The choice of an appropriate mode is a question of the importance of efficiency and security. If efficiency is more important, the check is turned off by choosing the option nothing for the respective classes. This is advantageous in terms of time and memory since the compiler does not generate a code for the checks and no checks are consequently made during runtime. If security is more important, all assertions should remain active. The amount of time can be estimated by the set of assertions used, if these are considered an expression in a conditional statement. At this point it is important to check assertions of the class invariant (including inherited assertions) at the beginning and at the end of a method. If method calls or complex expressions are used in the assertions, the time needed must be added as well.

Jass supports many options to check some kinds of assertions and some not. The developer of the class can scale the produced code individually to gain a compromise between performance and security.

Support of fault-tolerant behaviour

Up to now, by using assertions one can only describe what a program is supposed to do and then check these statements during runtime.

For such cases Eiffel is equipped with an exception handler. At the end of a method body a rescue-block can be stated which is called if the body triggers an exception. The purpose of this statement is to leave behind the system in a stable state (which is expressed as a class invariant). What is special about this kind of error management is that each method call is either successful or fails and that this is reported to the caller in either case. Violations of the contract - success or failure discusses this point in more detail.

If no other precautions are taken, the error still leads to the termination of the system, but disasters are avoided as the error cannot spread any further. The class invariant will be described in The class invariant: 'invariant' , the rescue-statement in The rescue-block: 'rescue'.

Another possibility in connection with exceptions is offered by the retry-statement. It is stated within the rescue-block or in a method called from within the rescue-block. By means of the retry-statement another execution of the method body can be triggered which may possibly be able to satisfy the contract. The caller gets no information about this (except for the fact that the call has taken slightly more time than usual). A detailed description of the retry-statement will be given in The retry-statement: 'retry'.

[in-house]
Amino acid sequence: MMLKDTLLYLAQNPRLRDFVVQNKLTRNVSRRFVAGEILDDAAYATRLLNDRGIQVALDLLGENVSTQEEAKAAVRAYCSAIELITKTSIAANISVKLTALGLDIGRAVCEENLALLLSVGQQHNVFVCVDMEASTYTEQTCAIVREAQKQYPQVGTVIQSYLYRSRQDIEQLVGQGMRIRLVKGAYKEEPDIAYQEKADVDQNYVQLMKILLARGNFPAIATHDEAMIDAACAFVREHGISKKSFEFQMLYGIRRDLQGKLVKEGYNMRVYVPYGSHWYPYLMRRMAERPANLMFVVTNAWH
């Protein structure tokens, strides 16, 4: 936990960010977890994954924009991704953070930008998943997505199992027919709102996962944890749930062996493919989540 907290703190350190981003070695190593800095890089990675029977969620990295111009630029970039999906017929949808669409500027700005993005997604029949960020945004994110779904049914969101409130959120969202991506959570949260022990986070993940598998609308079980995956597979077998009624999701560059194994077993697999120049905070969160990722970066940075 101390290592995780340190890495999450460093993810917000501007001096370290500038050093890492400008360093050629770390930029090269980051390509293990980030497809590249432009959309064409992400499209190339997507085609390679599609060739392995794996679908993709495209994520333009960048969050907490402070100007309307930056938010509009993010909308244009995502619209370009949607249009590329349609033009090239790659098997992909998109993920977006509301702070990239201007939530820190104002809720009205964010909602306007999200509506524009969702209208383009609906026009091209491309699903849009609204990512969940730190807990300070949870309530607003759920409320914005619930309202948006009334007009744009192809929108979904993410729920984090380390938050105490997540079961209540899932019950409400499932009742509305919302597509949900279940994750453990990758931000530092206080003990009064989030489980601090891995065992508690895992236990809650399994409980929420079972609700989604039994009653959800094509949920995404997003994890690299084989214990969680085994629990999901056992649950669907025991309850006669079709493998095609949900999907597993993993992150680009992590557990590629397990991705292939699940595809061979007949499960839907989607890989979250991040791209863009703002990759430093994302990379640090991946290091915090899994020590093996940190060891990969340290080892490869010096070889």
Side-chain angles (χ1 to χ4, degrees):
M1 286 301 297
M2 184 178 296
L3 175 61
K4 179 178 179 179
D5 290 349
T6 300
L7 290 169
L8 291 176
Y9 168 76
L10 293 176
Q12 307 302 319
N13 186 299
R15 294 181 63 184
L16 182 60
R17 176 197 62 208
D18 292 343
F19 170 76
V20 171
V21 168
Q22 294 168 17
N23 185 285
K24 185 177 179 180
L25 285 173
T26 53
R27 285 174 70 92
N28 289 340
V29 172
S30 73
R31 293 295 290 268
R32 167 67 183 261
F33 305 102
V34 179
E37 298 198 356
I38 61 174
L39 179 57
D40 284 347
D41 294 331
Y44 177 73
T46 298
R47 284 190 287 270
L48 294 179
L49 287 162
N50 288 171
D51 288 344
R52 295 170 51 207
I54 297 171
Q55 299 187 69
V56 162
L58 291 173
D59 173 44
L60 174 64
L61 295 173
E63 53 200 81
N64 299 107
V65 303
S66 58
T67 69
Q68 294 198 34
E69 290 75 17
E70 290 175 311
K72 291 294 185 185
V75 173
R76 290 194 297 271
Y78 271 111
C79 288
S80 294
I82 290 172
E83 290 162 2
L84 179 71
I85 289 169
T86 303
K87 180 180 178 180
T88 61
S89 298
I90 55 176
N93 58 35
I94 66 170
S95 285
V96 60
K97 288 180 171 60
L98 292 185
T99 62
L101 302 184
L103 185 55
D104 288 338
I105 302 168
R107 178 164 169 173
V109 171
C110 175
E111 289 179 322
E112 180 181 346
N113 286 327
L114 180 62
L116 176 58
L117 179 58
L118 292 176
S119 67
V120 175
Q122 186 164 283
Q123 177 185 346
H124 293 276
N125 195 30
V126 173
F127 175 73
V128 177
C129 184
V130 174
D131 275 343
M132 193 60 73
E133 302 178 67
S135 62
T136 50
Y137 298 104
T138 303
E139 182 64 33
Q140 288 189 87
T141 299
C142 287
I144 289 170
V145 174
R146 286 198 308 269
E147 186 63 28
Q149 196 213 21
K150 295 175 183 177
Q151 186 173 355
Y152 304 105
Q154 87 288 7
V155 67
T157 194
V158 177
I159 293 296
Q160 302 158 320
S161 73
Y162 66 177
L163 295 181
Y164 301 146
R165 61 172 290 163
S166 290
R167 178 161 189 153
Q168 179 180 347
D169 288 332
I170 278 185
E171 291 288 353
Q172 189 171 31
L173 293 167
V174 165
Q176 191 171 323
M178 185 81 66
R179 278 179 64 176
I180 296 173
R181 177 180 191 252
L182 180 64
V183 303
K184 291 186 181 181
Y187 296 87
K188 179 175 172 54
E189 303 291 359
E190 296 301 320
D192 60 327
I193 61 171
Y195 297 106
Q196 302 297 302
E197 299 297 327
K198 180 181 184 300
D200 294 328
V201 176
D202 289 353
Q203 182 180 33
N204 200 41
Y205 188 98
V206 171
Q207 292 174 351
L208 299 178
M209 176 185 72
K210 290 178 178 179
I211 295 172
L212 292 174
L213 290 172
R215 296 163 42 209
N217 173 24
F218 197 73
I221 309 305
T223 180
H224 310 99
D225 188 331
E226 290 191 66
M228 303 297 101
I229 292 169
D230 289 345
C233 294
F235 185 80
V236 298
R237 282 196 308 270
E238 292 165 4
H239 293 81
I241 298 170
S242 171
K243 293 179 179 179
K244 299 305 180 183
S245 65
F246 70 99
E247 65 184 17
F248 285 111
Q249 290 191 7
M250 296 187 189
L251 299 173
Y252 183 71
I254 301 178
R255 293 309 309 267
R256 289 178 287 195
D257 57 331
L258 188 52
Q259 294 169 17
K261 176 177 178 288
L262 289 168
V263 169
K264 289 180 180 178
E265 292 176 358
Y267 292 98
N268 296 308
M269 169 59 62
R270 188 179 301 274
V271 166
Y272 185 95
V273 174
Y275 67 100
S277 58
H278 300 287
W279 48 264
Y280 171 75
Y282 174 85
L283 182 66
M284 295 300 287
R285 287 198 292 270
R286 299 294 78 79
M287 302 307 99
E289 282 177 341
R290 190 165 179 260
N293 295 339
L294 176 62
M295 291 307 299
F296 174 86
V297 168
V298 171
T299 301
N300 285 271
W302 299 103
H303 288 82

With these language elements the robustness of the system can be increased considerably. The result is a system that reacts in a controlled way even in exceptional situations and thus protects the data in an optimal way.


In the previous section the advantages of design by contract have been discussed at length. They are a powerful tool in the development of large software systems. However, as soon as one asks an experienced developer one frequently receives an answer along the following lines: 'In the course of my work I have developed a style of my own that already contains these concepts. So why should I switch over and learn a new method if I can't benefit from it?'

Such an answer is by all means understandable. By disciplined work software can be produced that satisfies high demands of quality. For in one's specification one does try and formulate all conditions that have to be fulfilled when calling a method. And one naturally tries to avoid all situations that might lead to errors or even crashes. But experience with software systems has shown that in most cases this approach does not work. Even if the consequences are seldom as disastrous as in the Ariane-example, we have to ask why this is the case, why bugs creep into our programs time and again.